Removing the forelegs. Ida and I then went into the house and started cutting up meat. The guys continued outside taking the hog apart piece by piece. At that point I got a little sidetracked with it all and forgot to take many more photos!

Our backwoods butcher shop.

Some ribs and one belly reading for wrapping.

We buy butcher's paper at our local hardware store to wrap our meat. We cut the shoulders and one leg into roasts, the bellies go for bacon, the tenderloin, ribs, and chops are cut and wrapped, the other leg goes for smoking, and the rest is ground for use in sausage patties, tacos, etc. I have read a bit about making head cheese but I think my husband is too grossed out about it for me to try. Have any of you ever eaten head cheese? Or made it yourself? What did you think of it?

The Foxfire Book is a fantastic backwoods homesteading book that we've used as reference quite often when it come to butchering hogs. If you don't already own it, I'd recommend investing in it at some point.

If you have any good hog butchering tips or stories, I'd love to hear about them.

Wednesday, February 16, 2011

Bind-A-long; Binding a Quilt- Part 1

Once your quilt is pieced, basted and quilted, you're ready for binding! I'm going to assume that if you've already made a quilt you're fairly familiar with how to use things like your sewing machine, a rotary cutter and mat and ruler so I won't go into any detail there. Here's how I make mine.

You'll first need to calculate how much binding you'll need to make. Measure the perimeter of your quilt. (I'm going to use the numbers from the quilt I am binding to help you in visualizing this.) Take the # of inches you've measured and divide it by 42. That will tell you how many binding strips you'll need to cut. Then take that # and multiply it by the width you'd like your binding. Most people cut between 2" and 2.5" wide strips for their binding, depending on the thickness of your batting and the type of fabric the quilt is made up of. I personally like around 2.25". So, for my quilt:

472" (perimeter)/42" = 11.24" That means I need at least 11.24 strips of binding cut.
11.24" x 2.25" (desired width) = 25.29" That means I need just under 3/4 of a yard of fabric to make my binding.

I'm going to cut 12 strips and then trim off the selvage from each strip. If my # of strips had came out closer to 11.90 I may make sure that I have enough fabric to cut one additional strip, if needed later, bringing the total to 13 instead of 12. We're going to be mitering the corners of our binding and you'll loose a little length in sewing the strips together so we want to be sure our binding isn't going to end up just inches short of completion. It's always better to err on the side of caution here. We're talking 1 extra strip, maybe $0.45 of fabric here folks, don't hesitate to cut an extra one. You can add it to your scrap pile later if you end up not using it.

Once my strips are cut, I'll start sewing. You can sew your strips together with right sides together like this, making a regular straight stitch down, using a 1/4" allowance:

But I prefer to angle my fabric like this and stitch from one corner to the next:
When you're folding the binding over and stitching it, it doesn't leave such a big wad of fabric (from the seam allowance) in one section.
Stitch it on the diagonal, stitching each strip to the previous one. I like to chain piece my biding since it goes quicker but do whatever is comfortable for you. You can also pin this if you feel like it may slip to much while running it through your machine.

Then trim off the little triangle that's left using a 1/4" seam allowance.
Press your seam allowances and then fold your binding in half and press on the fold.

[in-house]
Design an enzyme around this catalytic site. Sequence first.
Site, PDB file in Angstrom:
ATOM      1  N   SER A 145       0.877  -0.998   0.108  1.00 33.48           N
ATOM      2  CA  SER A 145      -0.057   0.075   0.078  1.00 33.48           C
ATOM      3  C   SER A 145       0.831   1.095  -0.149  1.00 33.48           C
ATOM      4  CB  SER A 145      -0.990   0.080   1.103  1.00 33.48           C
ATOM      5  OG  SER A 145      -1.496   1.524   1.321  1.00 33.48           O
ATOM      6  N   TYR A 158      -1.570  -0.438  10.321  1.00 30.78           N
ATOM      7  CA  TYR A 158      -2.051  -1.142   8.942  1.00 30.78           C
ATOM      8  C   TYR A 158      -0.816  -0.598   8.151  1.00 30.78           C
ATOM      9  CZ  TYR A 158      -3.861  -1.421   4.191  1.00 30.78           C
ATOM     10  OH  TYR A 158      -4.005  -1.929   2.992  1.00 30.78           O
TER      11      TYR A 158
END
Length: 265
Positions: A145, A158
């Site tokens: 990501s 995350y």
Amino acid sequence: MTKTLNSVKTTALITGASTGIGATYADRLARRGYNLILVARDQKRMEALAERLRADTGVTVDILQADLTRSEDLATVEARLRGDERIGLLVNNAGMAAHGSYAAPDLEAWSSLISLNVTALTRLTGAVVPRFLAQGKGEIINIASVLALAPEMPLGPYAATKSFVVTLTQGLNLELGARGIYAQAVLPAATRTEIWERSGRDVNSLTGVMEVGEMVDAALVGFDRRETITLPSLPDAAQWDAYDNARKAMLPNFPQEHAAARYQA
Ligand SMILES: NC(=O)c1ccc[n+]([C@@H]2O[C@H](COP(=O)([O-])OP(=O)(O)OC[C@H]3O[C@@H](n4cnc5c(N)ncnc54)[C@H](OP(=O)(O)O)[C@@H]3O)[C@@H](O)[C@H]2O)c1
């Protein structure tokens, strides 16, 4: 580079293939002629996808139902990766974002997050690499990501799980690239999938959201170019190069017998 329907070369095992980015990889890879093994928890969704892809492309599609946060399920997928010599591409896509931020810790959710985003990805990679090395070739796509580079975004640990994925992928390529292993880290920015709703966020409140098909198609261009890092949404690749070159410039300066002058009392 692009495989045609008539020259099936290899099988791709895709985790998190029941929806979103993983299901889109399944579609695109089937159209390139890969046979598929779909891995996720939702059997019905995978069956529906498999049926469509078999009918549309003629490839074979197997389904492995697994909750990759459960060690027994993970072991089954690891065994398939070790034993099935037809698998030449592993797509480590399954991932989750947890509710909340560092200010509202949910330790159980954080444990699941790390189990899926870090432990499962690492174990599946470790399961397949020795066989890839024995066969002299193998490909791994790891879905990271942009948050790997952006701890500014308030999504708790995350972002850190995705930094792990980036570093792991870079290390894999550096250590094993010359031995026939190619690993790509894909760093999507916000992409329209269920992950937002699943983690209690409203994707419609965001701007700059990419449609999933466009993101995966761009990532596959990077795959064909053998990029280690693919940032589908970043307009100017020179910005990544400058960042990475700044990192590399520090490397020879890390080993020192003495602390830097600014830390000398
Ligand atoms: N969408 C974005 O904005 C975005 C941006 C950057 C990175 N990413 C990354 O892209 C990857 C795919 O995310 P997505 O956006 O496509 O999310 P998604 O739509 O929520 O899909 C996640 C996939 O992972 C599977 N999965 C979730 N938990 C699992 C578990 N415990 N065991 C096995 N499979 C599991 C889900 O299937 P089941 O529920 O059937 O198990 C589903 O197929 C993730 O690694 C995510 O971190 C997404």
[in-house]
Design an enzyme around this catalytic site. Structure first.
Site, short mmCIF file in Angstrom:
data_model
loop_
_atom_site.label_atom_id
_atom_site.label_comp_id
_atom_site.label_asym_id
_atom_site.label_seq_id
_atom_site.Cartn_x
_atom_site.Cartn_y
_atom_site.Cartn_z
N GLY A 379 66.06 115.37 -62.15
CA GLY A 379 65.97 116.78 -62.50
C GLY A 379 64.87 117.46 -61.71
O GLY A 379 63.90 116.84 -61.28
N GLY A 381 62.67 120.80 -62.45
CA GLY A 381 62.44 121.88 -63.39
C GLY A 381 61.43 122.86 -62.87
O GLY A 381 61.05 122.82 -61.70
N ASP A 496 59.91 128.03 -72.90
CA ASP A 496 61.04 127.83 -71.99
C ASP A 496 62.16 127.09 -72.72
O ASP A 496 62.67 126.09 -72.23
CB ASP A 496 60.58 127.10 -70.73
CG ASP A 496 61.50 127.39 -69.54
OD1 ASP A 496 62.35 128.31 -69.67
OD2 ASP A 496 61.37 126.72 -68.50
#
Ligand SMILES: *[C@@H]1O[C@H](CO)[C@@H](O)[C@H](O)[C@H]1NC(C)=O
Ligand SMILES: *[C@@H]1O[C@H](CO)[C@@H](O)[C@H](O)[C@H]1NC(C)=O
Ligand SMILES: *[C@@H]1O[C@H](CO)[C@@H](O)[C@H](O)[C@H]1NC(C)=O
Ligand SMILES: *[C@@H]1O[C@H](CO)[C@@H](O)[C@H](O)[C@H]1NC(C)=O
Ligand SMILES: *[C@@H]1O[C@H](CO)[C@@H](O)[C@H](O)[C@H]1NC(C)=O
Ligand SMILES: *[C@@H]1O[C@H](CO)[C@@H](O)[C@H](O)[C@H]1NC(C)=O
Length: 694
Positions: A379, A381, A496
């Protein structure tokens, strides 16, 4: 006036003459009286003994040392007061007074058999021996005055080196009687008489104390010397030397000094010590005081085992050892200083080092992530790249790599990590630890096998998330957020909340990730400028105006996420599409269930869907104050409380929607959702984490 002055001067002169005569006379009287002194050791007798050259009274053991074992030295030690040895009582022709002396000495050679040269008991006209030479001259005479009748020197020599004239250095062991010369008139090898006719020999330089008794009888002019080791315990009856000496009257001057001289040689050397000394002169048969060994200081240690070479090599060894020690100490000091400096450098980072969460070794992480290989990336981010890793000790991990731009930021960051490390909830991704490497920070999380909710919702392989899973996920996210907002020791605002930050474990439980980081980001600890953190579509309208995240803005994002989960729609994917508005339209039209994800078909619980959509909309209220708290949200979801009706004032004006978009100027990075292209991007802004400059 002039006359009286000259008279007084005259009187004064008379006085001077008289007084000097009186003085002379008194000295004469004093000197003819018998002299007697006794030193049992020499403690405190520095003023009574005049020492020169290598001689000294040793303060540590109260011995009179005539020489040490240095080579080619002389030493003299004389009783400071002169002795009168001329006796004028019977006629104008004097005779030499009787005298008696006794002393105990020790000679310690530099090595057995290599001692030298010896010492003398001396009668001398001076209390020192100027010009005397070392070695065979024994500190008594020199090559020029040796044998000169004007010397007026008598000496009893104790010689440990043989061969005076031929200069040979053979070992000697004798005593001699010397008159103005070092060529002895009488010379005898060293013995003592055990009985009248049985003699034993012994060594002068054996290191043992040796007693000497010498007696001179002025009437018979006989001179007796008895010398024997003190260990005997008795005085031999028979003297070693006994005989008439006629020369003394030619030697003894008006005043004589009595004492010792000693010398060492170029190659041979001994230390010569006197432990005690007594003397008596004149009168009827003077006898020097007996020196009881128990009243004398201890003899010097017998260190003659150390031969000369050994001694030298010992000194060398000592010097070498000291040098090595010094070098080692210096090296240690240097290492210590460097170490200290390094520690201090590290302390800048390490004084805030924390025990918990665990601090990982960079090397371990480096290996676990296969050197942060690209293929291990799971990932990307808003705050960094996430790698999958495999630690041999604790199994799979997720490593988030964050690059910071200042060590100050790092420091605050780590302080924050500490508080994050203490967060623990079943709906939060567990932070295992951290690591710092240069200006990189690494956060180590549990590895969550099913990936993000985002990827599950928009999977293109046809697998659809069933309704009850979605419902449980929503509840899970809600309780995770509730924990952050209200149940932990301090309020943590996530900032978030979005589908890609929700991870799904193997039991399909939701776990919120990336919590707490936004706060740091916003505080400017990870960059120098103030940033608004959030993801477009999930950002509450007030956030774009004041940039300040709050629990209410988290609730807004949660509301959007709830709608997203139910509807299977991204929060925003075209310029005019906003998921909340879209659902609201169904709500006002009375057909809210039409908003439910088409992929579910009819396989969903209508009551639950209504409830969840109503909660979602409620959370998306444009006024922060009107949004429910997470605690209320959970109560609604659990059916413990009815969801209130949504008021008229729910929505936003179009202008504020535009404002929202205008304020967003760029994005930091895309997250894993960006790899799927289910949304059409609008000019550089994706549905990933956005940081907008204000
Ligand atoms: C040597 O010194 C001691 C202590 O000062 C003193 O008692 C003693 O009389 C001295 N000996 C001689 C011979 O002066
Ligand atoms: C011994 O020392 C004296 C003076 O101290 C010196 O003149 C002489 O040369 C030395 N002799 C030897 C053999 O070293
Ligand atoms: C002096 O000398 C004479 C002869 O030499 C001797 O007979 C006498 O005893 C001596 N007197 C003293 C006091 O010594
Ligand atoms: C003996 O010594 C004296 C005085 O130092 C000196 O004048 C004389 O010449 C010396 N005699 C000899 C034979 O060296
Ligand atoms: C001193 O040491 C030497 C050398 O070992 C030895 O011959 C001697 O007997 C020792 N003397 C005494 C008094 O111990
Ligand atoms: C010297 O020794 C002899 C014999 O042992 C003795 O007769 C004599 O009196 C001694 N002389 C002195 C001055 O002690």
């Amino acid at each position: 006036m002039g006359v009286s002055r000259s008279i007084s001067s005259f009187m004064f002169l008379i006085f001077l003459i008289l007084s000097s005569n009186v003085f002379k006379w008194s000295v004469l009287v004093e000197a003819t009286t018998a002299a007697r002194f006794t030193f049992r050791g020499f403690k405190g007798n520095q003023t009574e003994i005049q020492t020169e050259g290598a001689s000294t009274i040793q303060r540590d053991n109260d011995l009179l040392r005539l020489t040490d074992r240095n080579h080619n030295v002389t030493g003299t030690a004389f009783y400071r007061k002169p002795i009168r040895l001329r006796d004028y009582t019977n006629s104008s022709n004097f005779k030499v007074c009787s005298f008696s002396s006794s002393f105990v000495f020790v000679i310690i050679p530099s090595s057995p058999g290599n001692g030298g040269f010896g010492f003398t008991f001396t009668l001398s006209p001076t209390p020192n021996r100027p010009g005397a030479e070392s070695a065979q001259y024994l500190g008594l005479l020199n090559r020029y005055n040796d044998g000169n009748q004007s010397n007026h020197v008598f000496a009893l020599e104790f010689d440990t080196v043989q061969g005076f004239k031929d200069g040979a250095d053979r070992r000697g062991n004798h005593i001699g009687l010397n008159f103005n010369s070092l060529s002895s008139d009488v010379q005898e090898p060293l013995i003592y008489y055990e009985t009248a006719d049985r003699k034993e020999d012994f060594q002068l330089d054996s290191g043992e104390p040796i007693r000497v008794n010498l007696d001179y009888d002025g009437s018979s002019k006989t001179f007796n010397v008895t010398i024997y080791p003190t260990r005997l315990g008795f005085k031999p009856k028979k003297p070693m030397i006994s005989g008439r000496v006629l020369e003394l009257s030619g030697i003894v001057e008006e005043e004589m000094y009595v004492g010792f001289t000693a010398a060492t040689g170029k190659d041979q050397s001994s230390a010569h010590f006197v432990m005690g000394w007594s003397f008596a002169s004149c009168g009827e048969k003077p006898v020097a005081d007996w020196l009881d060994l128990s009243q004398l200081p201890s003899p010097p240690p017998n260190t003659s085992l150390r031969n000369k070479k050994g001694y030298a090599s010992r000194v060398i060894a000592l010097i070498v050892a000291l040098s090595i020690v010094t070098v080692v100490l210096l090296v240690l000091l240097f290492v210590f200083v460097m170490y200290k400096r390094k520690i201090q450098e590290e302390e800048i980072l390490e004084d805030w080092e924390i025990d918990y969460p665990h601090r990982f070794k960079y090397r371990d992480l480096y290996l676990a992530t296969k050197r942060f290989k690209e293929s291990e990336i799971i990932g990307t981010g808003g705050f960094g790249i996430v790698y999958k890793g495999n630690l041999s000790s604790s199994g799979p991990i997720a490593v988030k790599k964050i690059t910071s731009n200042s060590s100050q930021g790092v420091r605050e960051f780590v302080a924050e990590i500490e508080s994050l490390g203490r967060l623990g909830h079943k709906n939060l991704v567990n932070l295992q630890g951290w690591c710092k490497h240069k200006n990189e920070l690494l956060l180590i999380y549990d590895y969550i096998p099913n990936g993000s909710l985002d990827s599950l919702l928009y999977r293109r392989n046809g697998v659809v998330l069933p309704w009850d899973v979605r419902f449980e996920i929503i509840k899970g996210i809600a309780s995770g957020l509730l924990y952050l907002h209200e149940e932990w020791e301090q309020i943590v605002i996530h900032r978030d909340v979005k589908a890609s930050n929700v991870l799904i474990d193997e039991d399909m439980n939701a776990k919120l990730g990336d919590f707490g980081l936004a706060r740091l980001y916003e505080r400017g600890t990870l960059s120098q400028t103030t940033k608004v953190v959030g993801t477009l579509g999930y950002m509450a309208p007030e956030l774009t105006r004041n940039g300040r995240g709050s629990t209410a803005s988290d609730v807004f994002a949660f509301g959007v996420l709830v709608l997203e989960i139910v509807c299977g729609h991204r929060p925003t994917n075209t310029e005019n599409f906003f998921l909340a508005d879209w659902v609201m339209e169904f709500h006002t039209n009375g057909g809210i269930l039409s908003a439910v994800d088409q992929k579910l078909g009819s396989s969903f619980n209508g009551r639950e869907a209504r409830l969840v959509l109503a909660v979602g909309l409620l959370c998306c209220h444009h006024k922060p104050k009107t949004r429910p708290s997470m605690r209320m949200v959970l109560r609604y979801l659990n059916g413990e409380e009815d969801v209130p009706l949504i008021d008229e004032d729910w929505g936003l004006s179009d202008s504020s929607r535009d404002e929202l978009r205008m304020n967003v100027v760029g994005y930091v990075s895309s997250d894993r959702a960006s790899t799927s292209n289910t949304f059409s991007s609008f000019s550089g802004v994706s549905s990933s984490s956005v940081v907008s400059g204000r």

I like to then roll my binding up to keep it tidy until I'm ready to attach it to my quilt.

That's it! Wasn't that simple? You just made your binding- congratulations!

We'll work on sewing the binding on to our quilts in the next post. I'm going to take my time with these how-to posts for 2 reasons. One, to allow ladies who haven't made a binding before to not get left behind. And two, because I am binding a Cal-King quilt and it's just going to take a bit for me to get it done! Maybe I should have started with a table runner. ;)

Remember that if you have any questions you can leave a comment here. I'll answer them here as well just in case someone else has the same question. Or if you need more in depth help, you can email me

Tuesday, February 15, 2011

The First EVER Bind-A-Long!

Question: What's wrong with this picture?
Answer: Nothing is wrong with the picture itself, the problem is that it depicts 6 quilts that aren't yet bound! 6? How did I get this deep in? I think it's time to get to binding.

Has anyone ever done a Bind-A-Long? It would be like a Quilt-A-Long but instead of piecing the quilt top together, we'd be binding the quilt. Probably never been done. Mostly because it seems silly. Really, how much fun is binding a quilt? Putting a quilt top together is one thing, but the binding? I usually loathe it- hence the 6 quilts not bound. And that's why I'm going tobe hosting a bind-a-long! No special buttons to put on your blog, no signing up- just bind with us! Get out that quilt that needs to be bound and get it done! Whether you're an experienced quilter or a beginner, it will be encouraging to know that there's a group of ladies working on the same thing you are.
2 of the above quilts have been sitting on my dresser for over 6 months! Do any of you have a quilt like that? Or do you have a quilt that you're just finishing up? Maybe it's your first quilt and you don't know how to do a binding. Help is on the way! Along with the bind-a-long, I'll be posting a tutorial on how to bind a quilt. We'll take it in steps so that you can follow along and bind your quilt with us.

In the next few days I'll be making the binding for one of my quilts (I'm going to start with my largest) and then I'll post the instructions on how to make your own. From there we'll move to attaching the binding to your quilt, and finishing the binding by hand sewing it to the back. I'll give you some alternative methods for binding too in case you'd rather use your machine for the entire project instead of sewing part by hand.

So join in on the fun. Who's with me?